Duke then went short and finished the half, effectively, with Banchero, playing 5.  Through it all, the Blue Devils continued to do what they have done throughout the tournament.  Coach K’s team put the ball in the paint and converted 14 of their 25 2-point attempts.

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Neither team got a boundary from the perimeter, as Duke and UNC combined shot 5-in-25 on their 3rd.  This represented a definite turnaround for Manek, who entered the competition as the most prolific 3-point shooter of the tournament.

The Blue Devils restricted Manek to just 0-2 shooting from outside the arc in the first half.  Luv missed all his four attempts from outside.  UNC was lucky that Davis made such a massive move.

With Williams likely to play more than five minutes into the second half, and with one or both teams hitting a few shots from outside the paint, the end of the contest could be even more enjoyable.  — John Gasway

City ​​to banchero

Banchero has 10 points in the first half, the latest coming on this sweet 3-pointer.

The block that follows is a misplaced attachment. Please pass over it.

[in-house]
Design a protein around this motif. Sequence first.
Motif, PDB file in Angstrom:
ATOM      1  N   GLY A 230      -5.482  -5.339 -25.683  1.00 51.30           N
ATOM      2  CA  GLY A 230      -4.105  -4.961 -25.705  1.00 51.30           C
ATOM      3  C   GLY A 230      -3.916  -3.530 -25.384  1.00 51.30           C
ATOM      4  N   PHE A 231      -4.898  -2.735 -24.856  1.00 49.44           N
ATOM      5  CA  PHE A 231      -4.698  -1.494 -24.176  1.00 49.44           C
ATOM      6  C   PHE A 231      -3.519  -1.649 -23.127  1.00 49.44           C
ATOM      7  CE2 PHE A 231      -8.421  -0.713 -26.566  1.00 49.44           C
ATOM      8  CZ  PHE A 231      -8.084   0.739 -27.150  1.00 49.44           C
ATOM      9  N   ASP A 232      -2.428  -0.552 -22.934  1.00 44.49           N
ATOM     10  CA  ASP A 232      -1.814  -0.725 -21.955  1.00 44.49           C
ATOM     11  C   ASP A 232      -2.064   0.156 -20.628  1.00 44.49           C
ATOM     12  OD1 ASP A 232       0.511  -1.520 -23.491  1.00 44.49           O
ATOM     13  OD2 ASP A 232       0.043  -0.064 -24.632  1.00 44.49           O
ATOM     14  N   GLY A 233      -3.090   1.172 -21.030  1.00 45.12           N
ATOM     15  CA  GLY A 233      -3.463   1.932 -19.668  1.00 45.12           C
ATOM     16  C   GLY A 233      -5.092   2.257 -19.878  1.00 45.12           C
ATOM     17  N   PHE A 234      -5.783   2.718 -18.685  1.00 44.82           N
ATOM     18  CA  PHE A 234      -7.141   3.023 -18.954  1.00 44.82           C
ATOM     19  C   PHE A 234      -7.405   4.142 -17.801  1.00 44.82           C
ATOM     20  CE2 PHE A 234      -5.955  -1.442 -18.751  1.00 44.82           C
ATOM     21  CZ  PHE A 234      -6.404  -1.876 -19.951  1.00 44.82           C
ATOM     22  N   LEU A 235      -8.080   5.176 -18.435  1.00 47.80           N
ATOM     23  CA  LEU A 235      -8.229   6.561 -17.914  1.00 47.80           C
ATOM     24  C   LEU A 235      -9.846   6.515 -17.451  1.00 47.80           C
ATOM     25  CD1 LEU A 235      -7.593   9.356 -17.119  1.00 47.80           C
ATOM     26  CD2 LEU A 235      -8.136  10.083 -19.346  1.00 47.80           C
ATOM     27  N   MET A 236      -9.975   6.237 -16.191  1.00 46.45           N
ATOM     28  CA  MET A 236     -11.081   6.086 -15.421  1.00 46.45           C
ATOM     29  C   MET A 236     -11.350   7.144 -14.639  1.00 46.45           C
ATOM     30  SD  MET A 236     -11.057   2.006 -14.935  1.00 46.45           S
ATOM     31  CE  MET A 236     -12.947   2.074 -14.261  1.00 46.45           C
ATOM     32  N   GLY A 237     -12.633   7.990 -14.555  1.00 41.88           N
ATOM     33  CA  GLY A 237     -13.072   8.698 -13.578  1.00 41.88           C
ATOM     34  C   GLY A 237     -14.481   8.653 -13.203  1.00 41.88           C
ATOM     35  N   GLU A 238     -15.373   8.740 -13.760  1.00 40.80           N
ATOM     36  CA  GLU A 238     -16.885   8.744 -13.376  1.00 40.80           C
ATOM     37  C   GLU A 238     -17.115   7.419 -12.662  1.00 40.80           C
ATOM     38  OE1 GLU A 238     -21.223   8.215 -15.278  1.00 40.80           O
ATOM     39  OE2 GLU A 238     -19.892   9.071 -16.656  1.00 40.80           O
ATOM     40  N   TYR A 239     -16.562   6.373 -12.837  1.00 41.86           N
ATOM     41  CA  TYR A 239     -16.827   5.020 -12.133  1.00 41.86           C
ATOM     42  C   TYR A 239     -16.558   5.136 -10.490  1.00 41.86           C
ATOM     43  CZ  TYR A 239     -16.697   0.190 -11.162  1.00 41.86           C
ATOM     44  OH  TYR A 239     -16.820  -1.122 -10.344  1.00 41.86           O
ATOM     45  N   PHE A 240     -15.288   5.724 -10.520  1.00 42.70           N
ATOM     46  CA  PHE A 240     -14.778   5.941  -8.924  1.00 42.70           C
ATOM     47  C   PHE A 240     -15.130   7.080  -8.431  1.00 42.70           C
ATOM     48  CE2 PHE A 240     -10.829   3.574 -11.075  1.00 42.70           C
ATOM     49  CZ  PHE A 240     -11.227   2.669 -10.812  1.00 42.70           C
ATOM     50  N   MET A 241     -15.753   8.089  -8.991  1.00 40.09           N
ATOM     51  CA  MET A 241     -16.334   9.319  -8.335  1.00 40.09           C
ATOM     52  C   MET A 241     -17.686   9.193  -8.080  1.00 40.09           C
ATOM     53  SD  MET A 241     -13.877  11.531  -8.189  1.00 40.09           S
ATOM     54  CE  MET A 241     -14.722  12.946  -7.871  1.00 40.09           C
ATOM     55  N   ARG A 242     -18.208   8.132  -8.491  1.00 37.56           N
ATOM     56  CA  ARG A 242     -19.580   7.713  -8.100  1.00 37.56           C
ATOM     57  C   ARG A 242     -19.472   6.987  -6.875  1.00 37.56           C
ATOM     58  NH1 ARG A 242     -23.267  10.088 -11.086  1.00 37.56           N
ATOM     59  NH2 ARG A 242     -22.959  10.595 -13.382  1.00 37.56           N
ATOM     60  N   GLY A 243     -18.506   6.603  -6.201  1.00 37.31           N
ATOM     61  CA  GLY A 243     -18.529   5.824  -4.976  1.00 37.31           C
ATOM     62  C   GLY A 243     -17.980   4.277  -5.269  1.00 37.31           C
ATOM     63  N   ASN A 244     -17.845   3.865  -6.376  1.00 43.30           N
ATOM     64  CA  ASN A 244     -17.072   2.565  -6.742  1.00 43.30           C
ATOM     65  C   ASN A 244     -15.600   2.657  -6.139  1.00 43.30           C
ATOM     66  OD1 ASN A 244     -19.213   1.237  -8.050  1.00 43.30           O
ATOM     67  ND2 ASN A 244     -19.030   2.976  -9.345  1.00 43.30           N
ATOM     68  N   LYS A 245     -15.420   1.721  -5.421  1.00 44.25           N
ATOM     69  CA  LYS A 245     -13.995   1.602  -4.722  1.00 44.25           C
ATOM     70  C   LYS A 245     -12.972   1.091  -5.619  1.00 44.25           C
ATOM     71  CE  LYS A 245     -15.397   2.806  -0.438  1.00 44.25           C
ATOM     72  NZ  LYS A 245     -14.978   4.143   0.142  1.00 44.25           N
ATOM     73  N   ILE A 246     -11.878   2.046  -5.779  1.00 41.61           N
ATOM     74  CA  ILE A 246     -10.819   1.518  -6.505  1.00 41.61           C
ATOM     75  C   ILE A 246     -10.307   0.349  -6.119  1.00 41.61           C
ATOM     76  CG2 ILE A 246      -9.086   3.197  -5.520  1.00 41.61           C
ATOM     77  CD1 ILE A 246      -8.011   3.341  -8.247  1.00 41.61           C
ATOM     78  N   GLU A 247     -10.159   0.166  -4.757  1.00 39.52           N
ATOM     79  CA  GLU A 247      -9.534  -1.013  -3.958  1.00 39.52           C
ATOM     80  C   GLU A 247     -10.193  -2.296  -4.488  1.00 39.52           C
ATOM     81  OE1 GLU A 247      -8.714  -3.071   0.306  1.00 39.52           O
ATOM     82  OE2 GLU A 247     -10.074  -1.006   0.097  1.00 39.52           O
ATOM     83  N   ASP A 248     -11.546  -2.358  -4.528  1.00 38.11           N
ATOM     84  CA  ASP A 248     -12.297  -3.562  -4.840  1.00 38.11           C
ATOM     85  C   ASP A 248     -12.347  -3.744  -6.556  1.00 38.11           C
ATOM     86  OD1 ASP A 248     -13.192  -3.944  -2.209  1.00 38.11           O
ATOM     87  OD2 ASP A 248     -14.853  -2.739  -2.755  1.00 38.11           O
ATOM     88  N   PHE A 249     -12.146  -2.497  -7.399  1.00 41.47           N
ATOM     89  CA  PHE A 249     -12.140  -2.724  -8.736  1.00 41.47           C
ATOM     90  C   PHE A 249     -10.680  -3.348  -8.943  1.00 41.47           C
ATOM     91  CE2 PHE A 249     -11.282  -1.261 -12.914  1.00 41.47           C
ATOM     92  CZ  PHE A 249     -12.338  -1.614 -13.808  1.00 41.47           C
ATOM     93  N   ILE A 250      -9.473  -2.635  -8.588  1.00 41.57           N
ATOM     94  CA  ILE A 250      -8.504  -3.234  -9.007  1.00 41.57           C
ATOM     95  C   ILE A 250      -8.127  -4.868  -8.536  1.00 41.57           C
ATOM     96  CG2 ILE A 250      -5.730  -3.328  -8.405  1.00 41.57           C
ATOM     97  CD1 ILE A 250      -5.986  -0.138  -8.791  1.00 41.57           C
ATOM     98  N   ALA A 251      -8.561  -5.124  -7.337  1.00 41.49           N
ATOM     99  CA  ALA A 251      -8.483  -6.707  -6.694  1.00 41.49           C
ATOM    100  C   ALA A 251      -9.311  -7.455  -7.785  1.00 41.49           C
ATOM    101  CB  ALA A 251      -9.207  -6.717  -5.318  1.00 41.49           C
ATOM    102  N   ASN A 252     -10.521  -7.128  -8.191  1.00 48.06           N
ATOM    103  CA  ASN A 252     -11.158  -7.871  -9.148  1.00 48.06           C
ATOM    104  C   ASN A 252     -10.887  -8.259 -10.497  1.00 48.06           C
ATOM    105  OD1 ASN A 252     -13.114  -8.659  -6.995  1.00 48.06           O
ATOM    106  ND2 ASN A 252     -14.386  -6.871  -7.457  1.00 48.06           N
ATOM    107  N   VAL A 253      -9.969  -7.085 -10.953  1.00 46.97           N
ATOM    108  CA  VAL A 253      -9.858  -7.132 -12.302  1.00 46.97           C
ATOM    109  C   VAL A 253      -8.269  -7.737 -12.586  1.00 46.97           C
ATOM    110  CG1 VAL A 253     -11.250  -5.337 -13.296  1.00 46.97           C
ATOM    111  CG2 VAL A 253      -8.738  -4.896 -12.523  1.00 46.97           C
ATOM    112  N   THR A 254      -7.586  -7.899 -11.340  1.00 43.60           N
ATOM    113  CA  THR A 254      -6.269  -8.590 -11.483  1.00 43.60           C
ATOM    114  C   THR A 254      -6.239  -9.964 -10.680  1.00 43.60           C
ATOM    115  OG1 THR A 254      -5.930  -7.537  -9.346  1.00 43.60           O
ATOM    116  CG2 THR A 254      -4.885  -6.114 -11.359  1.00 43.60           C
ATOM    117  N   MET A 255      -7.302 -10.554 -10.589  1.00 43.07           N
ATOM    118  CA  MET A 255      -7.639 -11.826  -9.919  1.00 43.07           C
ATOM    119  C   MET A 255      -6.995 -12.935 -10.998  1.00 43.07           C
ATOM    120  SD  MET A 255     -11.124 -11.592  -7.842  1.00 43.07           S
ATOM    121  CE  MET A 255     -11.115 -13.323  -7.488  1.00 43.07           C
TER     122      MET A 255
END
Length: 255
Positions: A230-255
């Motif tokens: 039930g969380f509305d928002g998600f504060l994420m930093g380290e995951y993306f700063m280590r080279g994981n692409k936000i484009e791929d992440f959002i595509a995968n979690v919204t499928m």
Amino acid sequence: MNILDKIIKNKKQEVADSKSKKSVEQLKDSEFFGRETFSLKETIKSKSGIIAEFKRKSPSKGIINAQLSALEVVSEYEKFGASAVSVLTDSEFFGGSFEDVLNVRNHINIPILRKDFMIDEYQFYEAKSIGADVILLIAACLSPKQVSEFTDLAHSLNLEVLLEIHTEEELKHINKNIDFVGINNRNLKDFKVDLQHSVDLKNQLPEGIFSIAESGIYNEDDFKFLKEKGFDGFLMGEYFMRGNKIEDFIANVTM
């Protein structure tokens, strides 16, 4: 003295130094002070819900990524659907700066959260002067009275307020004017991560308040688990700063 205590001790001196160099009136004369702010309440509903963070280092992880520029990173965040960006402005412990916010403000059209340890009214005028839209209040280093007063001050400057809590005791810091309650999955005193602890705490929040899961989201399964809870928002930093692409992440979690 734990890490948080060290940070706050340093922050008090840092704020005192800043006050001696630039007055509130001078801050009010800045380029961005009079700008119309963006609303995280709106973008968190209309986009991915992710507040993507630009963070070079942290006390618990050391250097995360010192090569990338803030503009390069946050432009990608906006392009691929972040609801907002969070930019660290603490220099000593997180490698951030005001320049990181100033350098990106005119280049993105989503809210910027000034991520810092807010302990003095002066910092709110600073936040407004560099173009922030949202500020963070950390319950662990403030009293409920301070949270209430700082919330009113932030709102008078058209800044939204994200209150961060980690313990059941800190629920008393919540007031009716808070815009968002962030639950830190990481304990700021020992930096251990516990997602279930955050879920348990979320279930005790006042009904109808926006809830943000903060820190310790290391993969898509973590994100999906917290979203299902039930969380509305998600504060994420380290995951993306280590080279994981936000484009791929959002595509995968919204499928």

Mark Williams threw it down

There are more official ways to keep your team on the board in the final four games… but not many.

Fired up

Possibly Coach Kay’s final game coming up against his fanatics after losing to him in his final regular season home game?  It could be good.

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Familiar enemy

The various shades of blue for both squads are well represented in the Big Easy.

McCormack and Ku too much for Nova

Everyone will remember the poster ditched by David McCormack, but the truth is, the Kansas senior was too much for Villanova to handle overnight in the Jayhawks’ 81-65 victory.

First, dunk.  With a little more than 10 minutes left in the second half, McCormack scored two points to stop him despite Jermaine Samuels’ best and ultimately futile effort.  A gleeful McCormack leapt into the air and began patting the top of his head, undoubtedly a reference to the fact that he had just dunked someone else.

McCormack had every right to celebrate.  His 25 points in the evening represent his highest scoring game since December of 2019.  He needed just 29 minutes and 12 shots to propel his team into Monday’s national title game.

Not that McCormack didn’t get help.  Ochai Agbaji hit six 3-pointers, and Christian Braun came alive after halftime with 10 points.  Kansas scored 13 3-pointers, its most productive performance outside the Ark since February.